The Herodians were likely a sect supporting the ruling descendants of Herod the Great. Herod Antipas was the ruler appointed by Rome in 4 B.C. to govern the territory of Perea and Galilee.
In the book of Mark the Herodians can be found conspiring with religious leader in order to murder Jesus. They also tried to entrap Christ by asking him what they thought were difficult questions (see Mark 3:6, etc.). In the book of Matthew they align themselves with Pharisees and together try to trick Jesus by asking a question regarding taxes to Rome. (Matthew 22:16).
The Zealots were a group of people who wanted to kick the Roman Empire out of occupying the land of Israel. A disciple of Jesus (called Simon the Canaanite in Mark 3:18 and Matthew 10:4) is also named in Scripture Simon the Zealot (Simon Zelotes). He likely belonged to the Zealots group, hence his name.
The elders or older men of a community who formed the ruling elite and were often members of official councils. The Gospels usually portray the elders (often with scribes, priests) as opposed to Christ to such an extent that they conspire to have him murdered. The New Testament also mentions elders as leaders of early Christian communities (1Timothy 5:17-20; 1Peter 5:15). The Book of Revelation gives a prominent role to the twenty-four elders who surround God’s throne (Revelation 4:4-11).
High Priest and Priests
The High Priest, and Priests in general, were Levites (Joshua 18:7; 2 Chronicles 13:9-10) responsible for the overall operation of the temple. They were considered the religious leaders of the Jews. Priests, descendants of Aaron, offered the sacrifices and took care of other offering of sacrifices and ritual concerns in the temple (Mark 1:44; Matthew 12:4-5; Luke 1:5-23; etc.). Levites worked as temple guards, musicians and other temple-related responsibilities. (Luke 10:32; see also Numbers 3). The New Testament Gospels portray the priests, chief priests, and indeed the High Priest, as those who vehemently opposed and even hated Jesus. They were the primary people responsible for having Jesus arrested, tried and put to death by Rome's Empire.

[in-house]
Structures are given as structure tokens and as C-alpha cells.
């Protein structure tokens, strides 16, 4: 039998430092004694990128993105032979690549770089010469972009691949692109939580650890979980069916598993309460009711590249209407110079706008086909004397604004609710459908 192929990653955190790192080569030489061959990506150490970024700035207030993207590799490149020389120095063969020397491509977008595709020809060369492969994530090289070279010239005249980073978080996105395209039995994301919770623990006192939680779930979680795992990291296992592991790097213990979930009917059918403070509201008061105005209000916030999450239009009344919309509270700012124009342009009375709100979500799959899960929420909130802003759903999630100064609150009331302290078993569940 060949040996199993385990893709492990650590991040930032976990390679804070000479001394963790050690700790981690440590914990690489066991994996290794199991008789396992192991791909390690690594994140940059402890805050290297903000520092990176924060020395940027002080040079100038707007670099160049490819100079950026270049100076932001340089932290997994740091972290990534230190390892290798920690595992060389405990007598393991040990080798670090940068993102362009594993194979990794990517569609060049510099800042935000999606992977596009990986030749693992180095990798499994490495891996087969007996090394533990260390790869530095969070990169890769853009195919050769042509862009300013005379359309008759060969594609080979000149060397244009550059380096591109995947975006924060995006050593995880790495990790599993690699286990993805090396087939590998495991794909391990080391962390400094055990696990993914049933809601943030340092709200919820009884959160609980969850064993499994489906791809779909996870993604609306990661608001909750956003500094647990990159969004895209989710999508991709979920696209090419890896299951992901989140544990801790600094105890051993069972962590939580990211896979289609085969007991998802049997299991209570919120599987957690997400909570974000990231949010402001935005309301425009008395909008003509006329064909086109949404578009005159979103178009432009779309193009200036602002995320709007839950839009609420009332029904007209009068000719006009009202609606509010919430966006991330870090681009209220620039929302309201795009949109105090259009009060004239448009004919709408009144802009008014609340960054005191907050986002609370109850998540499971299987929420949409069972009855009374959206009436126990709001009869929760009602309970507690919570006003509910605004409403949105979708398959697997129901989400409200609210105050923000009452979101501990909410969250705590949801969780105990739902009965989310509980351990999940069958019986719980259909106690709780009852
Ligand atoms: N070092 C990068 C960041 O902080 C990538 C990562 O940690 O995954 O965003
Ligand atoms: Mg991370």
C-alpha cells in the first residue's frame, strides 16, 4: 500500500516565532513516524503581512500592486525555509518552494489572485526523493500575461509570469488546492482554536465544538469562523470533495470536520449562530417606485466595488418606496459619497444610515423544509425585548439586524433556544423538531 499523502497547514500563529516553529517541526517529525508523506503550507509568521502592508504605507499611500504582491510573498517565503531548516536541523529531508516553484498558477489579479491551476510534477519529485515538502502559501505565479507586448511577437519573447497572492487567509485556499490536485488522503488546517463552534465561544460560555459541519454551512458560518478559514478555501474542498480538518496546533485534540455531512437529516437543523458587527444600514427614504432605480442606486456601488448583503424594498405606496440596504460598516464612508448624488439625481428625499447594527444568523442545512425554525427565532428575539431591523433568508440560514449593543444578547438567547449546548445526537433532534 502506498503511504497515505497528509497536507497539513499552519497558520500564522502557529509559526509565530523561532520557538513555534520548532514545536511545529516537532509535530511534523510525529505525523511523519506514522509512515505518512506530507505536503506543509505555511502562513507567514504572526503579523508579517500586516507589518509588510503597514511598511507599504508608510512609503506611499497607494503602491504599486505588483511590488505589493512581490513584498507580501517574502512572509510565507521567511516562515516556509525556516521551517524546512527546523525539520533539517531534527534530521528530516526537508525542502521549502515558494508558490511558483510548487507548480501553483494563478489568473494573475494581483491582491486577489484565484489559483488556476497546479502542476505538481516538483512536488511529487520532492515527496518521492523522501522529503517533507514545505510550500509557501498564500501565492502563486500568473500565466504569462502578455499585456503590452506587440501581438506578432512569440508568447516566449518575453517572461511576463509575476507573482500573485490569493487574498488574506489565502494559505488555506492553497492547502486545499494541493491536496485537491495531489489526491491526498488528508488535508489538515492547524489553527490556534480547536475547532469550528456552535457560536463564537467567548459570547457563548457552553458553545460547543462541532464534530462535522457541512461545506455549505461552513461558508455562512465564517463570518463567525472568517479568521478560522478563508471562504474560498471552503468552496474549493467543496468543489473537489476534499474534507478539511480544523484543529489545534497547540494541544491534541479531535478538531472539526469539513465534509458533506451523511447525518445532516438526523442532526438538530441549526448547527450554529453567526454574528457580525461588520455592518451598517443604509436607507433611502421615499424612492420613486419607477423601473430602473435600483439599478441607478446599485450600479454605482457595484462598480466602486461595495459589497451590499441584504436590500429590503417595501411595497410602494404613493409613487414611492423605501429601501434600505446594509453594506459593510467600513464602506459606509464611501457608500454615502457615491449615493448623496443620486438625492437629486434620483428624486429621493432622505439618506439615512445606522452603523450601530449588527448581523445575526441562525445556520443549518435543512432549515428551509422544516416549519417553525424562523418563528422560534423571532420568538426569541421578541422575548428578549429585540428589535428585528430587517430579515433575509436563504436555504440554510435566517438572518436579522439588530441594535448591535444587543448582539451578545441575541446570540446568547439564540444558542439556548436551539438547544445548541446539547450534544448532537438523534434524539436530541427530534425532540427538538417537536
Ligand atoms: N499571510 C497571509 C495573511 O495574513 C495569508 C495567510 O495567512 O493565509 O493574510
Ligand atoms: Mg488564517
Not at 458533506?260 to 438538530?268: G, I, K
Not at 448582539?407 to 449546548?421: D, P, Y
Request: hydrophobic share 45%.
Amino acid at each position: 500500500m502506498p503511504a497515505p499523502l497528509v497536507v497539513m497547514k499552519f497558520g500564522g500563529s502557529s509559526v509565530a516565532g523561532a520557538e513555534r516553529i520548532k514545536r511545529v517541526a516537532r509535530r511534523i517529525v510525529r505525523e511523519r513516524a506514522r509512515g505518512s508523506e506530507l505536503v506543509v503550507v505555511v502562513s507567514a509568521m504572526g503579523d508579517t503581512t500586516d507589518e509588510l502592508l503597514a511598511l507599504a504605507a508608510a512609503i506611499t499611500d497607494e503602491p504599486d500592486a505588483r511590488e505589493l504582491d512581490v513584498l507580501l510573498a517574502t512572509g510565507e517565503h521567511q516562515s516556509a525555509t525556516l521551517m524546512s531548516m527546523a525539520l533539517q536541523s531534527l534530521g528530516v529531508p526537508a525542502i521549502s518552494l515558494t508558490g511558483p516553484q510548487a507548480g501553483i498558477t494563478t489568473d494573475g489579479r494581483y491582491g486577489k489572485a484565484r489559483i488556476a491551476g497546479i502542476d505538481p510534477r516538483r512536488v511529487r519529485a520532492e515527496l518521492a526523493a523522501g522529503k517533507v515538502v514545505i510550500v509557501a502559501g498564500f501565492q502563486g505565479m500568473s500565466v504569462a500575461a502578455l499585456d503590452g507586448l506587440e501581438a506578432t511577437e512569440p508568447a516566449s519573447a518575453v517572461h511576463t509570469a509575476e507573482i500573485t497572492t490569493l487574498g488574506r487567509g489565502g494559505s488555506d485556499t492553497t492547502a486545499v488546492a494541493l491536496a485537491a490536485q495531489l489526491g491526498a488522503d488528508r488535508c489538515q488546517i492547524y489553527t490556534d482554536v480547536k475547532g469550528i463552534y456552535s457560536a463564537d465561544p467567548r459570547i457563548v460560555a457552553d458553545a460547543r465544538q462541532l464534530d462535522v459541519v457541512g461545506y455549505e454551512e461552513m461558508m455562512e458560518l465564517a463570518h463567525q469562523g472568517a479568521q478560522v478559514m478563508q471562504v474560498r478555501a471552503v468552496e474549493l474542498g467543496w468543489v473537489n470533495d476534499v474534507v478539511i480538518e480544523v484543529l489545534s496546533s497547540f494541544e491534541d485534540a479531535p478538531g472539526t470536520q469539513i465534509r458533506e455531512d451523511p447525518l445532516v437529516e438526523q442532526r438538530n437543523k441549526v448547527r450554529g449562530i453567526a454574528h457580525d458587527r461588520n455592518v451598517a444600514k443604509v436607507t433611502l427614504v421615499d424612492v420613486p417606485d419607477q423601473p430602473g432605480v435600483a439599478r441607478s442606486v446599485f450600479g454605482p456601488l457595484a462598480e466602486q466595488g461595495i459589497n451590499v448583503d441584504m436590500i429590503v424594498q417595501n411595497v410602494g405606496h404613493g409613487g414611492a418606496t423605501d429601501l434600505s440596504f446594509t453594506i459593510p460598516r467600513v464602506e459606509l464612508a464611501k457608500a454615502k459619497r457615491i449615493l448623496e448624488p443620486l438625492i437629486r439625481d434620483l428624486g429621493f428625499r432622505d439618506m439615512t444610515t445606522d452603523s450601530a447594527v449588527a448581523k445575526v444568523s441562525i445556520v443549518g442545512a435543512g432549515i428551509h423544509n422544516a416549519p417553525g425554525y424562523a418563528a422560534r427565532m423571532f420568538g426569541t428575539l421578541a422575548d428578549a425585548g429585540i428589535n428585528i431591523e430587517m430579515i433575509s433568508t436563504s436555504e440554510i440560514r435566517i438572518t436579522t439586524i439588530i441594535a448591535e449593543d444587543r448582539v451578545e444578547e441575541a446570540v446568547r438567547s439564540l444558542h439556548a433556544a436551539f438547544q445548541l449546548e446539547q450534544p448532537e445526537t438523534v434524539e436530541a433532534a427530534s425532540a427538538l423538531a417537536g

The Pharisees (or 'separated ones') were a sect of Judaism that began roughly around the 2nd century B.C. They believed and taught strict observance of the fourth commandment, certain rituals of the elders, etc. The Pharisees were longtime religious rivals with another sect of Judaism - the Sadducees. They competed for the trust and influence over the people. They adhered strictly to what the New Testament calls the "traditions of the elders." (Matthew 15:1-20). They oppose Jesus and all he teaches (Mark 8:11, etc.). Some of the toughest criticism Jesus gave were directed against the self-righteous Pharisees (Matthew 23; John 9). The apostle Paul, when young, was trained to be a Pharisee (Philippians 3:5). Other likely Pharisees are Nicodemus and Gamaliel.
The Sadducees (meaning 'righteous ones') were another prominent religious group of Jews in Palestine from the second century B.C. through the first century A.D. They were probably a smaller "elite" group, but even more influential than the Pharisees. They also followed the laws of the Torah, but denied that the oral law was a revelation of God to His people and deemed the written law alone as the divine authority to be obligatory on the nation. They are longtime political and religious rivals of the Pharisees, although their influence was more with the wealthy ruling elites. The Sadducees rejected the teachings of the Pharisees, especially their oral traditions and newer innovations. They were also closely associated with the Jerusalem Temple and with the ruling council (Sanhedrin) of the Jews (Acts 4:1; 5:17). The Sadducees, along with the Pharisees, were the biggest religious-related groups against Jesus and his message (Matthew 16:1-12; Mark 18:12-27).
Scribes were specially trained in writing and copying. Because of their job they were considered religious leaders in Judaism. Their duties included composing legal documents and deeds, copying the Old Testament scriptures and so on. Their duty of interpreting God's law earned them the sometimes additional title of lawyers. The New Testament portrays the Scribes, like many other religious leaders in Judaism, as being actively against Christ. The book of Acts also states that they were some of the earliest opponents of the New Testament church (Acts 4:5, etc.).